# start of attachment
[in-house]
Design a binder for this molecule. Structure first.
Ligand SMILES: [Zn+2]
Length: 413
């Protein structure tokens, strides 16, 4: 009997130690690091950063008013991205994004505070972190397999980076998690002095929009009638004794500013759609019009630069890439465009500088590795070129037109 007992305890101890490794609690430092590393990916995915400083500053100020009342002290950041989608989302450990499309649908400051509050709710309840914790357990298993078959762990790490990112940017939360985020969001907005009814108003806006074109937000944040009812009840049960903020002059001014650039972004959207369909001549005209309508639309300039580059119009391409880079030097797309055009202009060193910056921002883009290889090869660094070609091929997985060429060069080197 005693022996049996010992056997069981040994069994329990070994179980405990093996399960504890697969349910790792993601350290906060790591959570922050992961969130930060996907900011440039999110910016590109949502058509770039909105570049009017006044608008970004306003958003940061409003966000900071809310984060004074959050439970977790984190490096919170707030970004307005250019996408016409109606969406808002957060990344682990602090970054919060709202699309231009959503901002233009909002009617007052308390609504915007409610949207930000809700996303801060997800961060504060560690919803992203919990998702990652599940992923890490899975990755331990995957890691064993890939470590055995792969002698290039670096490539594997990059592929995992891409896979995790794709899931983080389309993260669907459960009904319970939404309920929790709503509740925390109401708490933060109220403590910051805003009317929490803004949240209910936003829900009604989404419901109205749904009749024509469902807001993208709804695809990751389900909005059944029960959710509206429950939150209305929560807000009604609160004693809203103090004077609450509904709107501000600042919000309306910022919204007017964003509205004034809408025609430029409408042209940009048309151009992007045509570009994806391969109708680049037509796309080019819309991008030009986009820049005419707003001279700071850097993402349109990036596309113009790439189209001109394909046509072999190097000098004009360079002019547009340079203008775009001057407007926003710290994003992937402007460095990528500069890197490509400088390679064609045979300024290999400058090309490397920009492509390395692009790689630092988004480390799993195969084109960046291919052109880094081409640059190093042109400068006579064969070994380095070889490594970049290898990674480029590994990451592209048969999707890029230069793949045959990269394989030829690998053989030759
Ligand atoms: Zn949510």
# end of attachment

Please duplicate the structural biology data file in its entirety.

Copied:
[in-house]
Design a binder for this molecule. Structure first.
Ligand SMILES: [Zn+2]
Length: 413
């Protein structure tokens, strides 16, 4: 009997130690690091950063008013991205994004505070972190397999980076998690002095929009009638004794500013759609019009630069890439465009500088590795070129037109 007992305890101890490794609690430092590393990916995915400083500053100020009342002290950041989608989302450990499309649908400051509050709710309840914790357990298993078959762990790490990112940017939360985020969001907005009814108003806006074109937000944040009812009840049960903020002059001014650039972004959207369909001549005209309508639309300039580059119009391409880079030097797309055009202009060193910056921002883009290889090869660094070609091929997985060429060069080197 005693022996049996010992056997069981040994069994329990070994179980405990093996399960504890697969349910790792993601350290906060790591959570922050992961969130930060996907900011440039999110910016590109949502058509770039909105570049009017006044608008970004306003958003940061409003966000900071809310984060004074959050439970977790984190490096919170707030970004307005250019996408016409109606969406808002957060990344682990602090970054919060709202699309231009959503901002233009909002009617007052308390609504915007409610949207930000809700996303801060997800961060504060560690919803992203919990998702990652599940992923890490899975990755331990995957890691064993890939470590055995792969002698290039670096490539594997990059592929995992891409896979995790794709899931983080389309993260669907459960009904319970939404309920929790709503509740925390109401708490933060109220403590910051805003009317929490803004949240209910936003829900009604989404419901109205749904009749024509469902807001993208709804695809990751389900909005059944029960959710509206429950939150209305929560807000009604609160004693809203103090004077609450509904709107501000600042919000309306910022919204007017964003509205004034809408025609430029409408042209940009048309151009992007045509570009994806391969109708680049037509796309080019819309991008030009986009820049005419707003001279700071850097993402349109990036596309113009790439189209001109394909046509072999190097000098004009360079002019547009340079203008775009001057407007926003710290994003992937402007460095990528500069890197490509400088390679064609045979300024290999400058090309490397920009492509390395692009790689630092988004480390799993195969084109960046291919052109880094081409640059190093042109400068006579064969070994380095070889490594970049290898990674480029590994990451592209048969999707890029230069793949045959990269394989030829690998053989030759
Ligand atoms: Zn949510």